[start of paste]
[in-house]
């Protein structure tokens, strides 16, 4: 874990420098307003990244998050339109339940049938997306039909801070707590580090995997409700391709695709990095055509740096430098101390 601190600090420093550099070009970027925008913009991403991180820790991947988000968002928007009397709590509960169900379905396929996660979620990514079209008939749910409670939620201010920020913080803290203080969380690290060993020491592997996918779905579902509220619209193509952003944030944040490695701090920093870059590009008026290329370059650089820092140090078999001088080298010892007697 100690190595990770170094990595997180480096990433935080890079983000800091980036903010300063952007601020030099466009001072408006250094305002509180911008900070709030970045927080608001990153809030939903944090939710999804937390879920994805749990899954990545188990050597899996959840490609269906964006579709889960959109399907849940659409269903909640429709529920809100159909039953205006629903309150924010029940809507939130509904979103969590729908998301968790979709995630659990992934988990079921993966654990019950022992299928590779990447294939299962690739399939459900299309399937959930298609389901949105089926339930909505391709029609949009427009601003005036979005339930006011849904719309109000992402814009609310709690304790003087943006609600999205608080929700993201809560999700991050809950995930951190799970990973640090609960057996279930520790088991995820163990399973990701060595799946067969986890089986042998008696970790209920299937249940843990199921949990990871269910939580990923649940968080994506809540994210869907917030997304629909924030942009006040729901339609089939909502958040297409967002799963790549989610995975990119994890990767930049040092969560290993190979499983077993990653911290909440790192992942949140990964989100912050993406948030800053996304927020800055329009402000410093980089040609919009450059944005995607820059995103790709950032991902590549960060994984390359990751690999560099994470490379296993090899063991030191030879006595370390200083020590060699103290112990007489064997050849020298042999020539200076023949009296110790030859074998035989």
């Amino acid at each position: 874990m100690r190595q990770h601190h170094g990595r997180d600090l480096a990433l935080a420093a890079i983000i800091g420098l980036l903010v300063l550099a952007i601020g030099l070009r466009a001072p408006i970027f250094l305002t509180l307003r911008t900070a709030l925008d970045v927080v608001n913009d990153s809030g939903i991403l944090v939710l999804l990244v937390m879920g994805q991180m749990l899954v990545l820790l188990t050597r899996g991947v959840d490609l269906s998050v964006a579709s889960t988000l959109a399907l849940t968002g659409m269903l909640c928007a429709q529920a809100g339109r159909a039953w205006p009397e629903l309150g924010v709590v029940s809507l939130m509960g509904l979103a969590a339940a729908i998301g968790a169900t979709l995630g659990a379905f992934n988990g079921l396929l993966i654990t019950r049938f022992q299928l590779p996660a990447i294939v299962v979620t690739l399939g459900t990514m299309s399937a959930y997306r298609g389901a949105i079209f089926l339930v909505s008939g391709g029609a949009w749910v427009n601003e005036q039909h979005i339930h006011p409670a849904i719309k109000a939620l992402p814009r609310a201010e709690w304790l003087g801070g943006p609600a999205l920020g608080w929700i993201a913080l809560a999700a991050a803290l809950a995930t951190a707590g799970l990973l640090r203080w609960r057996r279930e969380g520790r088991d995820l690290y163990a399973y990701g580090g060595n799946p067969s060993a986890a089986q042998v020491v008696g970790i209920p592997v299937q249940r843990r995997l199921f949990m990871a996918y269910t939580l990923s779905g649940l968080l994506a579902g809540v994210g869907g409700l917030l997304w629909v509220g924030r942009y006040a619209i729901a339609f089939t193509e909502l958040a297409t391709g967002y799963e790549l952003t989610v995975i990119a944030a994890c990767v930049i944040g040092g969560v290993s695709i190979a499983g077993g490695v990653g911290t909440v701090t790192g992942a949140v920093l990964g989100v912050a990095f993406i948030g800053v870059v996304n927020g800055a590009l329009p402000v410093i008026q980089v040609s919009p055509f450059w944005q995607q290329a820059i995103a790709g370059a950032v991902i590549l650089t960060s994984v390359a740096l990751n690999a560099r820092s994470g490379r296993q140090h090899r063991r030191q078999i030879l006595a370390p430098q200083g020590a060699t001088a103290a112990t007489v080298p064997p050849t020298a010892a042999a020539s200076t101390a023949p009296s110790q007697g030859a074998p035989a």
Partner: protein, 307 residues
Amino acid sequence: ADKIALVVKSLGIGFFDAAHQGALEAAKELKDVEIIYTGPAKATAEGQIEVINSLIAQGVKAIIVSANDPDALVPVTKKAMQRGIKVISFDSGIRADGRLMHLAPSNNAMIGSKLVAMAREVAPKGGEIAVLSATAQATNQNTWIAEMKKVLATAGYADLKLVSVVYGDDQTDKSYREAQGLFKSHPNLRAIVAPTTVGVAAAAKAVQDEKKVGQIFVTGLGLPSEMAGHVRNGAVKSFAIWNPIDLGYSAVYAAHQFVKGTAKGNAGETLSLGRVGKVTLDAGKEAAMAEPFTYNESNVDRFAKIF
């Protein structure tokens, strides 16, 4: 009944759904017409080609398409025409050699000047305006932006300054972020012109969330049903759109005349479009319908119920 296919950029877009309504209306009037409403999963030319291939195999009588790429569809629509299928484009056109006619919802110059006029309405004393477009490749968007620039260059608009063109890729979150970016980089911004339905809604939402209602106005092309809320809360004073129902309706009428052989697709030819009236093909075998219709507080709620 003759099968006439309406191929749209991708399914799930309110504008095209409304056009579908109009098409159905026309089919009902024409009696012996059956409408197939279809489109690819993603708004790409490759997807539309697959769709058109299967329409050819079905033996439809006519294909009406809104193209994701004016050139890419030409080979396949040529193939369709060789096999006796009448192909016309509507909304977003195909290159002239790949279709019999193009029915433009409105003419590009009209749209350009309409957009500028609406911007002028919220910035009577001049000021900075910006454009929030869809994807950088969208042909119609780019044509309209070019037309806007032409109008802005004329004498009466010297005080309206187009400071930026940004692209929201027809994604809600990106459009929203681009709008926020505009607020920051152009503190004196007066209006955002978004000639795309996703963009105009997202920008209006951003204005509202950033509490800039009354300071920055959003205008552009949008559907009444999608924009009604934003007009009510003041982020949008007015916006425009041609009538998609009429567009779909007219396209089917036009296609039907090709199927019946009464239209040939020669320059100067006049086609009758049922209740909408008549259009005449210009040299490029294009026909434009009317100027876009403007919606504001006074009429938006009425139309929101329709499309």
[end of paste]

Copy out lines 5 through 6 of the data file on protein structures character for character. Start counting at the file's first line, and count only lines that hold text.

Amino acid sequence: ADKIALVVKSLGIGFFDAAHQGALEAAKELKDVEIIYTGPAKATAEGQIEVINSLIAQGVKAIIVSANDPDALVPVTKKAMQRGIKVISFDSGIRADGRLMHLAPSNNAMIGSKLVAMAREVAPKGGEIAVLSATAQATNQNTWIAEMKKVLATAGYADLKLVSVVYGDDQTDKSYREAQGLFKSHPNLRAIVAPTTVGVAAAAKAVQDEKKVGQIFVTGLGLPSEMAGHVRNGAVKSFAIWNPIDLGYSAVYAAHQFVKGTAKGNAGETLSLGRVGKVTLDAGKEAAMAEPFTYNESNVDRFAKIF
């Protein structure tokens, strides 16, 4: 009944759904017409080609398409025409050699000047305006932006300054972020012109969330049903759109005349479009319908119920 296919950029877009309504209306009037409403999963030319291939195999009588790429569809629509299928484009056109006619919802110059006029309405004393477009490749968007620039260059608009063109890729979150970016980089911004339905809604939402209602106005092309809320809360004073129902309706009428052989697709030819009236093909075998219709507080709620 003759099968006439309406191929749209991708399914799930309110504008095209409304056009579908109009098409159905026309089919009902024409009696012996059956409408197939279809489109690819993603708004790409490759997807539309697959769709058109299967329409050819079905033996439809006519294909009406809104193209994701004016050139890419030409080979396949040529193939369709060789096999006796009448192909016309509507909304977003195909290159002239790949279709019999193009029915433009409105003419590009009209749209350009309409957009500028609406911007002028919220910035009577001049000021900075910006454009929030869809994807950088969208042909119609780019044509309209070019037309806007032409109008802005004329004498009466010297005080309206187009400071930026940004692209929201027809994604809600990106459009929203681009709008926020505009607020920051152009503190004196007066209006955002978004000639795309996703963009105009997202920008209006951003204005509202950033509490800039009354300071920055959003205008552009949008559907009444999608924009009604934003007009009510003041982020949008007015916006425009041609009538998609009429567009779909007219396209089917036009296609039907090709199927019946009464239209040939020669320059100067006049086609009758049922209740909408008549259009005449210009040299490029294009026909434009009317100027876009403007919606504001006074009429938006009425139309929101329709499309």